Saturday, December 7, 2013
Staff Photo by Doug Jones, Tuesday, June 20, 2006: The Front Room on Munjoy Hill for 6/25 audience taste and tell.
The Front Room\ Harding Lee Smith
PORTLAND — A group of restaurant workers is suing The Front Room, claiming that it violated state and federal wage and hour rules.
The restaurant's owner, Harding Lee Smith, disputes the claims, calling the lawsuit ''frivolous.''
The lawsuit, filed Wednesday in U.S. District Court in Portland, is likely to be followed closely by the state's restaurant owners because many of the alleged practices are widespread in the industry.
The lawsuit was brought by six former and current employees of The Front Room, a restaurant and bar on Munjoy Hill. It alleges that Harding, who also owns other restaurants in Portland, failed to pay workers minimum wage and overtime as required by state and federal laws, forced them to share tips with other workers and failed to give workers required breaks.
The plaintiffs are being represented by attorney Donald Fontaine and assisted by the Restaurant Opportunities Center of Maine, a workers' advocacy group. They say the practices at issue are common in restaurants and they hope the lawsuit will encourage employers to treat their workers better.
''I worked there a year and a half and I never got one break the whole time, literally,'' said one of the plaintiffs, Sean Slaughter of Portland, who was on The Front Room's wait staff from July 2008 until last month.
''This is actually a workplace justice campaign,'' Slaughter said, noting that the restaurant's workers submitted a letter to the restaurant's management in November seeking changes in working conditions, but were rebuffed.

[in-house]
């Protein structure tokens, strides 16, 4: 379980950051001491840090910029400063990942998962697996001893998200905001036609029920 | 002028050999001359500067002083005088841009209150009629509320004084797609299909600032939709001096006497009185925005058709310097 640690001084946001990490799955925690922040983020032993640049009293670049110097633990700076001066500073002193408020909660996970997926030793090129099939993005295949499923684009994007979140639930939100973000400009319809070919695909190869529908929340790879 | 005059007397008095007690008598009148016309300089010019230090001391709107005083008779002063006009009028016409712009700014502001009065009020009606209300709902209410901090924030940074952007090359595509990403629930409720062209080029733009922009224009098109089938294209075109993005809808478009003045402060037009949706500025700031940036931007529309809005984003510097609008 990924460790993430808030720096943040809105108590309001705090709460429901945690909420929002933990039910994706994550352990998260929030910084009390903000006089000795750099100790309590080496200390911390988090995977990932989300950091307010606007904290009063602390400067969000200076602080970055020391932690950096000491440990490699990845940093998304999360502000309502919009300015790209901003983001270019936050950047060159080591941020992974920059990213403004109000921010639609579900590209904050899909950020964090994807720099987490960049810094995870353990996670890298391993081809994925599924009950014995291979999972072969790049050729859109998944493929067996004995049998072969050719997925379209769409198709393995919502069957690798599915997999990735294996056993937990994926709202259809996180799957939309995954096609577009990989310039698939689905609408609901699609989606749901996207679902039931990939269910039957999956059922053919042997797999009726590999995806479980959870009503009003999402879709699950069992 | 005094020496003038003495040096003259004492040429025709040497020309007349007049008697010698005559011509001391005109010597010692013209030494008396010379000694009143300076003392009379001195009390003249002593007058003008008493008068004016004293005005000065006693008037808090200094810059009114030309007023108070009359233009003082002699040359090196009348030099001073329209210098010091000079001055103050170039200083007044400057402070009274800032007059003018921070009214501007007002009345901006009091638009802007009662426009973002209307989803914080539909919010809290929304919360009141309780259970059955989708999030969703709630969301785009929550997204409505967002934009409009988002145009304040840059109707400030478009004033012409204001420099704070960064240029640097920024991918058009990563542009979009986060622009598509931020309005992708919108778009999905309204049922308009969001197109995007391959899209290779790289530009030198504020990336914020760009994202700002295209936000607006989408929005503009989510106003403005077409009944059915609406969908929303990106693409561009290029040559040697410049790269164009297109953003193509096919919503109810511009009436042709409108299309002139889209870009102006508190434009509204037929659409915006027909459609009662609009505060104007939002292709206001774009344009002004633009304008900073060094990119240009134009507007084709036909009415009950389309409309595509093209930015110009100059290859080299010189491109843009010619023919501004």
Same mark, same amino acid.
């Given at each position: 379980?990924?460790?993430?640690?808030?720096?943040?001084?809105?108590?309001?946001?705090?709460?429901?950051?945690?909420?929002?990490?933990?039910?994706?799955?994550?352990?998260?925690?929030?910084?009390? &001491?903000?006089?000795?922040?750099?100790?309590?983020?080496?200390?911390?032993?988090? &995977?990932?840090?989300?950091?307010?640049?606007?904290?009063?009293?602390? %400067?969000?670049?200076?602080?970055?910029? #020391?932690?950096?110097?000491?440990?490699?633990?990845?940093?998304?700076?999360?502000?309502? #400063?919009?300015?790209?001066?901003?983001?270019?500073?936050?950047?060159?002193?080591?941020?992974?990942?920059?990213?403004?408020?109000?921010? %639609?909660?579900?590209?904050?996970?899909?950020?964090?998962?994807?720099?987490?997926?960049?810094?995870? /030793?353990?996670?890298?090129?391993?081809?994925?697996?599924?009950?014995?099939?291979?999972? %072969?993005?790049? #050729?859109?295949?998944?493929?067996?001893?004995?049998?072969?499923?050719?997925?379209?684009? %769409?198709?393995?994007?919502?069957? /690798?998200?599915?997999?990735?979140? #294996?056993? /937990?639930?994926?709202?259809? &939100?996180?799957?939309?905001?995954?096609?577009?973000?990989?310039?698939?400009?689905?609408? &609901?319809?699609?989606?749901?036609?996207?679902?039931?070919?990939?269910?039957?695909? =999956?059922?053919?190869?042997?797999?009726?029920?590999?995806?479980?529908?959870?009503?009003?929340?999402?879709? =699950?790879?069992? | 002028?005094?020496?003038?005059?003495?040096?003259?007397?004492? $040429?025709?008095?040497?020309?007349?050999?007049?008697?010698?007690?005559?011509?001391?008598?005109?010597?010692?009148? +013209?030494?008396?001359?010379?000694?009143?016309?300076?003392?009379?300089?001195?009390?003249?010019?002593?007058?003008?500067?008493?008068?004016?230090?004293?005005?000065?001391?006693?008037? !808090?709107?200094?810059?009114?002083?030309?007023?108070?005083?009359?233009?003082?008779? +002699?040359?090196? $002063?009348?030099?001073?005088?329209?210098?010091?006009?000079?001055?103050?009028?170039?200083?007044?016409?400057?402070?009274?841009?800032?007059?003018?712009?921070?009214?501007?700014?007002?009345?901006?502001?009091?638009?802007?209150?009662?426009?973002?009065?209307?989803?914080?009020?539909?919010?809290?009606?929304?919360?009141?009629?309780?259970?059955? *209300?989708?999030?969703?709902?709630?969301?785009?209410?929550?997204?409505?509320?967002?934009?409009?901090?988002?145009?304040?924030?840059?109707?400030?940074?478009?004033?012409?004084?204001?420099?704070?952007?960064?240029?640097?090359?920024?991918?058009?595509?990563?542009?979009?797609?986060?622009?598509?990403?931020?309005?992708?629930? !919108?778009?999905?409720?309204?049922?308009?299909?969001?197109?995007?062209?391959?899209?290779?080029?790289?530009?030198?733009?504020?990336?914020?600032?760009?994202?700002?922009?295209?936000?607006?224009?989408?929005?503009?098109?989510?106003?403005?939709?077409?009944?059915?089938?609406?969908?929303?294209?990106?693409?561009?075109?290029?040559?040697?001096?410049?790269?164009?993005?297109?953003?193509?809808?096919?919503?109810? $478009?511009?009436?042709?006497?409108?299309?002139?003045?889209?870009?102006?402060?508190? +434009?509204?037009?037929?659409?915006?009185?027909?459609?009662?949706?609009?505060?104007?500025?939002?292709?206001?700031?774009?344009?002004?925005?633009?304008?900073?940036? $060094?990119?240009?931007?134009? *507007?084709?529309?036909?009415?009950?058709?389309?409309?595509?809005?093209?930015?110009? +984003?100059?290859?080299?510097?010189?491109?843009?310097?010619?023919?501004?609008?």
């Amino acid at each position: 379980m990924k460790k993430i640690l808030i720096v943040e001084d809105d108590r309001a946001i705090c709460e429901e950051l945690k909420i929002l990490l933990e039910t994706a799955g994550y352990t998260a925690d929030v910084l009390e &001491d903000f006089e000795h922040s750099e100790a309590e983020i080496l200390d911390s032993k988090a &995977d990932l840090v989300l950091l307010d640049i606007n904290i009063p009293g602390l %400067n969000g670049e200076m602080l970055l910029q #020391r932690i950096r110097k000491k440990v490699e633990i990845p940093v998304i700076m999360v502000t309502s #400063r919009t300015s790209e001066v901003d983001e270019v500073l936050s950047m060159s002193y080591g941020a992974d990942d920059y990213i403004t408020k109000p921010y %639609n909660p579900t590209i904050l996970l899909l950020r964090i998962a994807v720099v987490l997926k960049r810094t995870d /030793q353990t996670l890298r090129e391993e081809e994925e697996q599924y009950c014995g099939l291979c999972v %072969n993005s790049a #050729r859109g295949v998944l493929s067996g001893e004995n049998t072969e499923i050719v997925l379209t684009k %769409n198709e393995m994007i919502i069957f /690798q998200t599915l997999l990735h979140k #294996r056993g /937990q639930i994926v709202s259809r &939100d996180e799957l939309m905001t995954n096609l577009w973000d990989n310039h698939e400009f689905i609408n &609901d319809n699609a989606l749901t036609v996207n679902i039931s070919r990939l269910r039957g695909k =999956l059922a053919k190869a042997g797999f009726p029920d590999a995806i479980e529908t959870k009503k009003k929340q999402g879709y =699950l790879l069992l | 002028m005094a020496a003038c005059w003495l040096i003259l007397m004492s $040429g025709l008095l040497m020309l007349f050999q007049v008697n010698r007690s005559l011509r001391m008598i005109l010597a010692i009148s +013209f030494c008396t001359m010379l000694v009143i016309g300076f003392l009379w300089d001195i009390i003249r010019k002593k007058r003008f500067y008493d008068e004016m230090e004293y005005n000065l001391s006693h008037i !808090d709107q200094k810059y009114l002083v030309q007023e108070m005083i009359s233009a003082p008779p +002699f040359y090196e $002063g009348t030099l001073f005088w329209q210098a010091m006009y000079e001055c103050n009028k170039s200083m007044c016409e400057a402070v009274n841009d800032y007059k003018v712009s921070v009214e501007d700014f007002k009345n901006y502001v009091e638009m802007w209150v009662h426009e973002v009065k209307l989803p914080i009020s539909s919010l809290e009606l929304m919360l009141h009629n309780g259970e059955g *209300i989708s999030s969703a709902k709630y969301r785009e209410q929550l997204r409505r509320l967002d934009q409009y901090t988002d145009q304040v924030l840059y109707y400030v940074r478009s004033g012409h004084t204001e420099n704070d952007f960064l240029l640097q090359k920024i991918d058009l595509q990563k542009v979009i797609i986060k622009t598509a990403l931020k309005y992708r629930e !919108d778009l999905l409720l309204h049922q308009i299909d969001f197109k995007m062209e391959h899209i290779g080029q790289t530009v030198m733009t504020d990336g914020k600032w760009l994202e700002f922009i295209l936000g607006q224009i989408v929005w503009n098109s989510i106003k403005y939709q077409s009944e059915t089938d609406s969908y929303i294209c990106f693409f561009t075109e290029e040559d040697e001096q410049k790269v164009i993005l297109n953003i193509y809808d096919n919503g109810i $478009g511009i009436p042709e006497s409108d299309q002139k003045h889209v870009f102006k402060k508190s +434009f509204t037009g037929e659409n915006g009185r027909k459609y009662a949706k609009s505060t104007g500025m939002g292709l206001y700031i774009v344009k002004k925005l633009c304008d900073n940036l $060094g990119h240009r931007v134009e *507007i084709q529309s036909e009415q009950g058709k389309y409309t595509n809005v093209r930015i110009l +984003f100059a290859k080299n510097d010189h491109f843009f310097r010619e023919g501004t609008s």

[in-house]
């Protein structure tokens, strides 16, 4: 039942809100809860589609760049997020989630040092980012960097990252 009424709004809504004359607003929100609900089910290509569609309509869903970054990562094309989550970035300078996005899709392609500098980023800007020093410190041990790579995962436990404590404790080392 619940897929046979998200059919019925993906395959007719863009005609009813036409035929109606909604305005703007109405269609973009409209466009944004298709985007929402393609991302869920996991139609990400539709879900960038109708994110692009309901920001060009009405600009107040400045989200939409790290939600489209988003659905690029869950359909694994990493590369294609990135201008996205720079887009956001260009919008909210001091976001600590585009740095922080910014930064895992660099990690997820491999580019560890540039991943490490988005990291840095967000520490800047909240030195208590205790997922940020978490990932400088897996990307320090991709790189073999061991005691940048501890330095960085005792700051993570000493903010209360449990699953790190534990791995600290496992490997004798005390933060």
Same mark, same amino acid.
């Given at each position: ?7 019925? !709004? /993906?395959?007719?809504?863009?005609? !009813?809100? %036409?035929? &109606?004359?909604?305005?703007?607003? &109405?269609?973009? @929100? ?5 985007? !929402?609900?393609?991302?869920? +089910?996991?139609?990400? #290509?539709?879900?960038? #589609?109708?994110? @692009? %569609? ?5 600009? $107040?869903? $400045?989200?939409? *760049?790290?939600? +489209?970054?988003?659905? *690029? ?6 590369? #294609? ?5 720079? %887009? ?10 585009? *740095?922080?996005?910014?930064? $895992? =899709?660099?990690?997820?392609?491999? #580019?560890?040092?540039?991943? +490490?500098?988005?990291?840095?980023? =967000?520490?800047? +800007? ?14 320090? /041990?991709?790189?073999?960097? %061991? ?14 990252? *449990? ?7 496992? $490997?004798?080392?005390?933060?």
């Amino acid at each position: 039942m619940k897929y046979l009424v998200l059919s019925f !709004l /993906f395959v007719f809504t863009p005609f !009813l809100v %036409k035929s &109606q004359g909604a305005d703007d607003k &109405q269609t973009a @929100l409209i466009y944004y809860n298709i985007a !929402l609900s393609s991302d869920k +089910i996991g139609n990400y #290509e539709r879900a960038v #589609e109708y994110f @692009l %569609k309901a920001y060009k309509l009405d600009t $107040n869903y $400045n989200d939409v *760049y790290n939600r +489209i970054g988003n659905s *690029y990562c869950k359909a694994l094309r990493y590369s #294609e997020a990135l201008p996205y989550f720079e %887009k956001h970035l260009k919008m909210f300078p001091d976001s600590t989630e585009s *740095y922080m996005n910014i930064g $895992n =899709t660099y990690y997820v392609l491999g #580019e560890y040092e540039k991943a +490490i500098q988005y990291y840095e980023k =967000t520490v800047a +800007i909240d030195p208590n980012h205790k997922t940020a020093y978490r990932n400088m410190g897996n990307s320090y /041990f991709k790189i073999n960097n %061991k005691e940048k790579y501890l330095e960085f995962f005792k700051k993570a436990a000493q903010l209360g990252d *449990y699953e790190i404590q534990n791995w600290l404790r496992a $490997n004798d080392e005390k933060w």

Slaughter said a key component of the complaint is that waiters and waitresses are paid half the minimum wage, with the expectation that the rest is made up in tips. But often, workers are setting up and cleaning up, and cannot earn tips. During that time, they should be paid the full minimum wage, he said.
The workers are seeking back wages for tips they say were taken from them, as well as wages owed for working overtime and non-tip work.
Smith would not comment on the specific allegations in the lawsuit because he said he had not seen it. The complaint is part of a pattern of harassment by the Restaurant Opportunities Center, ''a national group with its own agenda,'' he said in a prepared statement.
Smith also discounted Slaughter's criticism, saying he is a disgruntled former employee.
The Restaurant Opportunities Center has existed for about eight years nationally. It formed a Maine chapter a year and a half ago.
The New York chapter has lobbied successfully for improved working conditions. Chapters in New Orleans and Detroit have campaigns under way, said Steven Emmons, an organizer with the Maine chapter.
This is the first campaign against an employer by the Maine chapter, he said.
''I seems like a lot of restaurant owners feel their employees are dispensable, just a commodity,'' said Emmons. ''Employers need to treat employees like they're part of the team, the face of the restaurant.''
Dick Grotton, president and chief executive officer of the Maine Restaurant Association, said he hadn't seen the lawsuit but at least some of its wage and hour complaints are without merit.
Grotton said waiters and waitresses have periods of work in which they don't earn tips, but the law allows an owner to average the workers' wages and tips over the course of seven days to ensure that their hourly rate exceeds the minimum wage of $7.50 per hour.
Typically, it can be double or triple that, he said.
''Making the complaint they be paid something different for hours worked setting up their work station is ludicrous. They need to look at what they're making for their shift,'' he said. ''You're talking about folks who are primarily part time, who earn for their workweek multiples of the minimum wage.''
He said that in a five-hour shift, a worker might earn close to $200 in tips.
Grotton said the lawsuit will be decided on the facts of that case alone, but other restaurant owners will keep an eye on it.
''It wouldn't surprise me to learn that some infraction might have been found,'' he said. ''We are in a litigious society and we do have lots of rules and it's very easy to run afoul of some of them.
''But by and large, like every other small employer, (restaurants) work hard to understand what the rules are,'' he said.
Staff Writer David Hench can be contacted at 791-6327 or at: